Fashion Mix, Mode D’ici, Createurs D’ailleurs
From Charles Frederick Worth to Azzedine Alaïa, from Mariano Fortuny to Issey Miyake and Yohji Yamamoto, or from Cristóbal Balenciaga to Raf Simons… many foreign designers and artistic directors have radically transformed French fashion and richly contributed to its history. The FASHION MIX exhibition is a tribute to French know-how whose prestige Russian, Armenian, Italian, Spanish, Japanese, Belgian designers have helped put on the map.
Mingling personal trajectories with fashion history, FASHION MIX, curated by Olivier Saillard, Director of Palais Galliera, musée de la mode de la Ville de Paris, emphasises the fundamental contribution made by foreign artists to French haute couture and ready-to-wear while presenting an alternative history of immigration, that of men and women, designers and craftsmen who have raised Paris to the status of international fashion capital.
The FASHION MIX exhibition
In the fashion industry the concepts of ‘French know-how’ and ‘Made in France’ have been legendary and celebrated the world over since the mid-19th century. However, French fashion has often been the brainchild of foreign designers: pushed into exile for political reasons or emigrating out of artistic choice, attracted not only to the capital of culture and style but also to the country of all freedoms, these designers have been instrumental in establishing the reputation of French haute couture and ready-to-wear as well as that of Paris as world capital of fashion.
But fashion also involves very specific techniques. The exhibition brings to the fore some of the old crafts which are inextricably linked to immigration – Russian embroidery workshops in the 1920s or, more recently, Armenian shoe and shoelace makers. The exhibition displays about one hundred emblematic pieces – dresses, coats, hats, accessories -, selected mainly from the Palais Galliera collections.
Personal migratory trajectories and know-how are backed with private as well as public archives – foundation deeds of fashion houses, naturalisation files, archives from the OFPRA (French office for the protection of refugees and stateless persons), extracts from radio and TV interviews. Au Musée de l’histoire de l’immigration Palais de la Porte dorée 9 December 2014 – 31 May 2015 In collaboration with Palais Galliera, musée de la Mode de la Ville de Paris MODE D’ICI, CRÉATEURS D’AILLEURS. MUSÉE DE L’HISTOIRE DE L’IMMIGRATION palais de la porte dorée 293, avenue Daumesnil – 75012 Paris www.histoire-immigration.fr Press contact PIERRE LAPORTE COMMUNICATION Thibaud Giraudeau, Jessica Thiaudière T +33 (0)1 45 23 14 14 E firstname.lastname@example.org Martin Margiela, ripped body and curtain skirt ensemble. Collection Palais Galliera © Spassky Fischer.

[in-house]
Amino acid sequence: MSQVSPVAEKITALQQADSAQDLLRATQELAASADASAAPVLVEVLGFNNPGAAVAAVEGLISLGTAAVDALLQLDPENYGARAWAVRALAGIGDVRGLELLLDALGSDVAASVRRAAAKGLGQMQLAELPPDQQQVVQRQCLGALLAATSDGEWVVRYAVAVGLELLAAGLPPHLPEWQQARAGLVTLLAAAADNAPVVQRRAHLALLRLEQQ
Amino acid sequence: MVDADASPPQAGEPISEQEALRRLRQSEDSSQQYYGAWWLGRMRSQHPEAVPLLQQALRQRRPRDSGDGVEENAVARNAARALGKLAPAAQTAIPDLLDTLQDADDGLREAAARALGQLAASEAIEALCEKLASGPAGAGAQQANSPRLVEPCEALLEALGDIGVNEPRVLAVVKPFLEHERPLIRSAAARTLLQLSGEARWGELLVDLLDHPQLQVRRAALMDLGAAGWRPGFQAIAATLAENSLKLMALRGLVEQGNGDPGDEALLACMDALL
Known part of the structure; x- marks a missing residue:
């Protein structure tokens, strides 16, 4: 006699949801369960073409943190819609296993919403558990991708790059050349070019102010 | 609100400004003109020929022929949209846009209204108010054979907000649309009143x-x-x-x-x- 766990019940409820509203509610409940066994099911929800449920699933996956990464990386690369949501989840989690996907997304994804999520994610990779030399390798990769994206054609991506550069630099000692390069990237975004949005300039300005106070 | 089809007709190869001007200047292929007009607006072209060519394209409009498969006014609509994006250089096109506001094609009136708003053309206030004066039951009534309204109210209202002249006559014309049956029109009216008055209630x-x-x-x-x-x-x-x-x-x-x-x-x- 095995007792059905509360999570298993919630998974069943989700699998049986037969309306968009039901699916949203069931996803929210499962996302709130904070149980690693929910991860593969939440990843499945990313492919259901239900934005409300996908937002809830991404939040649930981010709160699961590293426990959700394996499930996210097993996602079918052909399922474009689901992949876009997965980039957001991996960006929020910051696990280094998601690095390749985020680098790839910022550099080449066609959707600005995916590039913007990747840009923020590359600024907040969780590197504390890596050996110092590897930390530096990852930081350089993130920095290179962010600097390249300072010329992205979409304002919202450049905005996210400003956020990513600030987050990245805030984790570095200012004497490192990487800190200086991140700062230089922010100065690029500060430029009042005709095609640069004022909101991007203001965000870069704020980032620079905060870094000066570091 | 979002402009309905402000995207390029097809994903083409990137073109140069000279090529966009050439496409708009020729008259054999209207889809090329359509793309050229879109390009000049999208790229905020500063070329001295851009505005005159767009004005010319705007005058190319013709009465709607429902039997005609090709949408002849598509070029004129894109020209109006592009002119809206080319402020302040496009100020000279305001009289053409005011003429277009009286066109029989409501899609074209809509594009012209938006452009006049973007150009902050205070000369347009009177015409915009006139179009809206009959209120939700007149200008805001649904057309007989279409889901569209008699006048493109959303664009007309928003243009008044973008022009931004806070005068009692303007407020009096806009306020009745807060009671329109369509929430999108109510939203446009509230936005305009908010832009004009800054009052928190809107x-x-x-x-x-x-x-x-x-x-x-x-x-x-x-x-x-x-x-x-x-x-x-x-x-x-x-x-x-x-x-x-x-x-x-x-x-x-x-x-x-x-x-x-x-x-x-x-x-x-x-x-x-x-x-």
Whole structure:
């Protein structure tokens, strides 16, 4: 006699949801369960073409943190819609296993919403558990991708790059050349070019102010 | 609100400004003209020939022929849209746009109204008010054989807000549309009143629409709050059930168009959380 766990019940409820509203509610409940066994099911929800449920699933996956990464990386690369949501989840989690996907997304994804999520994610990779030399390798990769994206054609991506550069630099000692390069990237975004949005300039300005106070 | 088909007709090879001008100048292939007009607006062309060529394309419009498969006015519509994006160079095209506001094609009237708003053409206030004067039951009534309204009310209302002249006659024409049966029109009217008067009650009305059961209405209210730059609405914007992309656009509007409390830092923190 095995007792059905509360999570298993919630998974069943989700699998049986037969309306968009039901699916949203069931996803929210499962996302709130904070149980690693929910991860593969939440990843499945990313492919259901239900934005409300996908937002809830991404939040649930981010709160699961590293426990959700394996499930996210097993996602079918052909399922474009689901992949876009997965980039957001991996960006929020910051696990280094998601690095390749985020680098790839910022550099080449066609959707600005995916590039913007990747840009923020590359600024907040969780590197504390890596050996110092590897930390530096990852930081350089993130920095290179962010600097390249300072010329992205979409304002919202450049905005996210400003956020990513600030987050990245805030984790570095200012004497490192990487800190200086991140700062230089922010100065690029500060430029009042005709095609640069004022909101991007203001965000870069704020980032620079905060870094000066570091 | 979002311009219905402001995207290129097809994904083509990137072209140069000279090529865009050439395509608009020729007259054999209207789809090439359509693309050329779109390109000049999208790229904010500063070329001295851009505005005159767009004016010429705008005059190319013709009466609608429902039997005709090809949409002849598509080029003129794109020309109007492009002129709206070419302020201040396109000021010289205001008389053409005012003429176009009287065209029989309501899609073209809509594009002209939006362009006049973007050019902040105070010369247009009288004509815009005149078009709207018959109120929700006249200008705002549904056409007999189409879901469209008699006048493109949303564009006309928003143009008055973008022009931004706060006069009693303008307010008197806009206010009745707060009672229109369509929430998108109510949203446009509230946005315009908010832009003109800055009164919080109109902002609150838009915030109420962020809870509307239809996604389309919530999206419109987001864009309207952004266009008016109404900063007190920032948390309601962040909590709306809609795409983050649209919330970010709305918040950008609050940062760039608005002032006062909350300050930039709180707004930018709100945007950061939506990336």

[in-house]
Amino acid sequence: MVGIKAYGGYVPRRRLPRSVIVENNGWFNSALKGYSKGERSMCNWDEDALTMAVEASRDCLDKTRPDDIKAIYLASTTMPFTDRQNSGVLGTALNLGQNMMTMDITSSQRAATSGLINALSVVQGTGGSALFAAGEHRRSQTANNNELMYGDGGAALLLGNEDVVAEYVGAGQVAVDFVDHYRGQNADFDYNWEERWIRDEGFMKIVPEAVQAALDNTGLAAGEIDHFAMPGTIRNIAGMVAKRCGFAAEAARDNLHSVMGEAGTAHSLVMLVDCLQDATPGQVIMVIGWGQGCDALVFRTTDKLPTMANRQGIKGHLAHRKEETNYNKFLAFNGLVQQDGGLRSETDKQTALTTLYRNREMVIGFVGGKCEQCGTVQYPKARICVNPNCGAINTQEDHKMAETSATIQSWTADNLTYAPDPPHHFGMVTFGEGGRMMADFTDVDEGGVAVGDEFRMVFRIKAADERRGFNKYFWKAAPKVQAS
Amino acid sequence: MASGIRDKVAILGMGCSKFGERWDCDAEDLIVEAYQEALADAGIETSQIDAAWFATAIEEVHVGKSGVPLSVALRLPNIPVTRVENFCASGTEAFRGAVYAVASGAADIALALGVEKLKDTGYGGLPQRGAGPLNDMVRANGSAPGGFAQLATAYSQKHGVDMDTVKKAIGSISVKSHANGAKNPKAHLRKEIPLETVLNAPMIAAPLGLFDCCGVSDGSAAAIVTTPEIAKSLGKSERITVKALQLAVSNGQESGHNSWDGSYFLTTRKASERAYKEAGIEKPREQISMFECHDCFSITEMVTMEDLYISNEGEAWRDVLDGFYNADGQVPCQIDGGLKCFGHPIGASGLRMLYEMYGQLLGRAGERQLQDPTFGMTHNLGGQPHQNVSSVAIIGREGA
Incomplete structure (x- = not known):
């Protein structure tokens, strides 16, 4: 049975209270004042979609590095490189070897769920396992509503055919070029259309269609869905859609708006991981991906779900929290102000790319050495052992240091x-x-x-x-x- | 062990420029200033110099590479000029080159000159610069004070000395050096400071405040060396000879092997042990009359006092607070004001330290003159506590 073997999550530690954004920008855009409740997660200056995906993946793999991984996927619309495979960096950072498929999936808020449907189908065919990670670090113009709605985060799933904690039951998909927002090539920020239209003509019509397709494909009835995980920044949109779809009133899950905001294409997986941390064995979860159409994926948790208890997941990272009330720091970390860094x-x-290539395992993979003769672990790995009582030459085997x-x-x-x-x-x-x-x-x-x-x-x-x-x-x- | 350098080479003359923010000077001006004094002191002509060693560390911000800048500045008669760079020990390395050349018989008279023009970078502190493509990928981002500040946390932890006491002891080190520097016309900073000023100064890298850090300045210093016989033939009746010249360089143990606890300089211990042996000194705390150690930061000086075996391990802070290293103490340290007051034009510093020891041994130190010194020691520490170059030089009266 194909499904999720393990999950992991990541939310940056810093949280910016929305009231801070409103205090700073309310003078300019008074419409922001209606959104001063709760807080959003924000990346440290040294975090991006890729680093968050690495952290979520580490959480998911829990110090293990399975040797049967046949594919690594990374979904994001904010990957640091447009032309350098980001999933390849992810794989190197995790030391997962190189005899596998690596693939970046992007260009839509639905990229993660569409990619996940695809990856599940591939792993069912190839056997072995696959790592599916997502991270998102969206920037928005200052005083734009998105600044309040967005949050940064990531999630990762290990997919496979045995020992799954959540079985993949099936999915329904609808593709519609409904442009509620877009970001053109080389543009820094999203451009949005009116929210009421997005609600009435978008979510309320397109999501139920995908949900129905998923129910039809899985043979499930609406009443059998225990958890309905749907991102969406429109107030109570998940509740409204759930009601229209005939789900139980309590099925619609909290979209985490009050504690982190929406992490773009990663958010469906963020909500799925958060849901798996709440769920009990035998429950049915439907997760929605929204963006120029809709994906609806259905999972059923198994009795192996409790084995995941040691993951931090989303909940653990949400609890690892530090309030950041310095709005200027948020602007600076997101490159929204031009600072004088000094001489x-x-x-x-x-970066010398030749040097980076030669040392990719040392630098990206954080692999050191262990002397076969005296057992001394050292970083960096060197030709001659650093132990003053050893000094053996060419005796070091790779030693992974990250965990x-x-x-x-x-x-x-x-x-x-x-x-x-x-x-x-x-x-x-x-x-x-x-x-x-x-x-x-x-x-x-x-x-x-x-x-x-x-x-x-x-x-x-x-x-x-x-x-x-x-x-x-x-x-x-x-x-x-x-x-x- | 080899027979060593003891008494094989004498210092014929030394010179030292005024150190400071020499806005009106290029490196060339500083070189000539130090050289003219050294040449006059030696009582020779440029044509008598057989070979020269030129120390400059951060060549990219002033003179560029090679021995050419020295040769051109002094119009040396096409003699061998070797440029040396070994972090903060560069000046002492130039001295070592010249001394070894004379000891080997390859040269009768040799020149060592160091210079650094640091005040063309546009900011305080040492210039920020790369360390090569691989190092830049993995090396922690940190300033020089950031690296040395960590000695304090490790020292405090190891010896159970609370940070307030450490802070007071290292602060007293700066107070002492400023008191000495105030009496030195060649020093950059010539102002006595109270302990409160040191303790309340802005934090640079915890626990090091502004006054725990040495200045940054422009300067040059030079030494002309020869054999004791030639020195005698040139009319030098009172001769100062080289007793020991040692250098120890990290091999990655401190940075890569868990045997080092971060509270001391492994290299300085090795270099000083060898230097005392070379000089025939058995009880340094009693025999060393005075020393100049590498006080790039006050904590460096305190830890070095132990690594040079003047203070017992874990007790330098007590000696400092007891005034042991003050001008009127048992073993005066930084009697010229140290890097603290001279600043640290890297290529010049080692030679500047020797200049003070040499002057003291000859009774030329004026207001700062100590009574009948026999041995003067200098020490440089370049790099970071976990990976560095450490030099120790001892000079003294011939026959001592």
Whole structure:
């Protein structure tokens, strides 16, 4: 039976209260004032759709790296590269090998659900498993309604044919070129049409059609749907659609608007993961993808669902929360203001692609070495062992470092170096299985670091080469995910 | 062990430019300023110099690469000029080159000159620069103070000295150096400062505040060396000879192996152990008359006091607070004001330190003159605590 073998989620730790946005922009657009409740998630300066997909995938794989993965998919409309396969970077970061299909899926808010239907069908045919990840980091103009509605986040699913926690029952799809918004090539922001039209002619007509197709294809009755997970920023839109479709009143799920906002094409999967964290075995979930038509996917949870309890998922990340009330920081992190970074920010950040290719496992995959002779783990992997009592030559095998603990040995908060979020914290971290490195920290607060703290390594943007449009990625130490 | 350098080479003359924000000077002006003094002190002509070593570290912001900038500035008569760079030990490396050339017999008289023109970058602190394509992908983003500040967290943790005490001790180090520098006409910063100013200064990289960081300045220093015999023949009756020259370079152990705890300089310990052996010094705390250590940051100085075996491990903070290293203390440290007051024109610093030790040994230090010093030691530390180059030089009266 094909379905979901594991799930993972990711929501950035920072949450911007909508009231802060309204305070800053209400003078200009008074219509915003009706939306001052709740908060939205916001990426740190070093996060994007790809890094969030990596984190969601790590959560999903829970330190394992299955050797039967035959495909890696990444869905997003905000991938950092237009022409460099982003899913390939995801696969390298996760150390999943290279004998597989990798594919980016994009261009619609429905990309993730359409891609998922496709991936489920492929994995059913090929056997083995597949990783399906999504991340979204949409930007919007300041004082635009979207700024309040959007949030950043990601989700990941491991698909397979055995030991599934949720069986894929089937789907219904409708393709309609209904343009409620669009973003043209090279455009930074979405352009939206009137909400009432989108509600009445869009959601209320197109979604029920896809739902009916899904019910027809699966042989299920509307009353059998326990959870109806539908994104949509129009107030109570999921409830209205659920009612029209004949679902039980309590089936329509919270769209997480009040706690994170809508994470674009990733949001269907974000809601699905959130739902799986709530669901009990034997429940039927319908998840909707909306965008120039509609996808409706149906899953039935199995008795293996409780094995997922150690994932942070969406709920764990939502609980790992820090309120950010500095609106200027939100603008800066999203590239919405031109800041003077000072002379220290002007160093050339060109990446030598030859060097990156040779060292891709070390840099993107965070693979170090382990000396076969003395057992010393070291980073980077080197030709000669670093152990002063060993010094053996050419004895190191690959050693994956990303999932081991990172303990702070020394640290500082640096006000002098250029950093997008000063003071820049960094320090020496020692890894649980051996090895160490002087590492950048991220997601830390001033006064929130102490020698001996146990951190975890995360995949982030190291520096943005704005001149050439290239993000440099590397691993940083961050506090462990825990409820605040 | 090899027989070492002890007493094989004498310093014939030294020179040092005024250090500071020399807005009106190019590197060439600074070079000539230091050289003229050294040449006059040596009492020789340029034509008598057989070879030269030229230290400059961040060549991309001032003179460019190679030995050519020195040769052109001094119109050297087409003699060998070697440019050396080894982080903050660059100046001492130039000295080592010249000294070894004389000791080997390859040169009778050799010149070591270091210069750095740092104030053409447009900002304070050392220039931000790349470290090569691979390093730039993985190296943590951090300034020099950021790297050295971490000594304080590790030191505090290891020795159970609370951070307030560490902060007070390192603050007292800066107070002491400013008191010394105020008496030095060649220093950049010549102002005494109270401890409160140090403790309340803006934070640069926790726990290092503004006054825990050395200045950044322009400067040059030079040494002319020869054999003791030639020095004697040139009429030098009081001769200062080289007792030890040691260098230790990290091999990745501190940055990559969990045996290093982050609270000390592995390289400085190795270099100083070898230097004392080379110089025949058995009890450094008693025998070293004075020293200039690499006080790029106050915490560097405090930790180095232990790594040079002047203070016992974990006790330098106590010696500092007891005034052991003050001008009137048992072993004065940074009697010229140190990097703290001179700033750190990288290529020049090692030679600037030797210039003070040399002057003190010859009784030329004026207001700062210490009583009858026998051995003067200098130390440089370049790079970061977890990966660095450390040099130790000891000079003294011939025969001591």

The exhibition concept
Launched in 1858 by a few figureheads like English haute couture founder, Charles Frederick Worth, fashion is today a creative whirlwind of designers coming from all over the planet. More than ever Paris remains one of the great fashion capitals and an essential launchpad for individual careers. With these designers’ most famous creations marking out their own migratory trajectory, the exhibition is articulated around two time continuums that closely reflect this history: one concentrates on those foreigners who first set up fashion houses in Paris, the other on the emergence of a new generation of designers who came from all over the world to present their creations on the French capital’s catwalks.
From the mid-19th Century to the 1960s The arrival in France of foreign designers from the 19th Century and the opening of fashion houses mark the start of a journey focusing on major personalities who uniquely contributed to French creation: Charles Frederick Worth and the English School, Mariano Fortuny and his experiments with textiles, Elsa Schiaparelli and the Italians, Cristóbal Balenciaga and the Spanish School. Contemporary designs by artists such as John Galliano, Phoebe Philo, Alexander McQueen, Sybilla, Popy Moreni and Riccardo Tisci act as counterpoints to those predecessors. This part of the exhibition also dwells on individuals whose fate got embroiled in wider political, cultural upheavals: White Russians in exile after the Revolution (Kitmir and Irfé fashion houses), Spaniards fleeing the Civil War, Armenian refugees (Ara Frenkian).
From the late 1970s to the present day
The abundance of designs, filmed interviews and press articles testifies to the sheer creativity of the following decades. In the late 1970s and early 1980s a radical break occurs with the emergence of the Japanese school: another cycle begins with a new generation of designers ranging from Kenzo and Issey Miyake to Rei Kawakubo for Comme des Garçons, Yohji Yamamoto, Tokio Kumagaï and Junya Watanabe. In the spirit of this Japanese ‘Revolution’, Belgian artists such as Martin Margiela, Ann Demeulemeester, Raf Simons, Dries Van Noten, A.F. Vandevorst, Olivier Theyskens and Jurgi Persoons adopt Paris as their own fashion capital from the 1980s onwards. This second part of the exhibition focuses on the speeding up of exchanges so typical of our modern societies with the quick development of fashion shows and capitals as well as the appearance on the Paris scene of designers of all origins, rather than on a single, geographically determined school. A few of them were indeed to become pivotal in some of the most prestigious French fashion houses, amongst whom Karl Lagerfeld at Chanel, Marc Jacobs at Louis Vuitton or Azzedine Alaïa who set up his own designer label. In the current creative exuberance a more conceptual trend is however noticeable, whose main representatives are Helmut Lang from Austria, Kostas Murkudis from Germany, Viktor & Rolf and Iris van Herpen from the Netherlands, Israeli-American designer Alber Elbaz, Patrick Kelly from the US, Rabih Kayrouz from Lebanon and Manish Arora from India.
Image © Caroline Chenu/Galliera.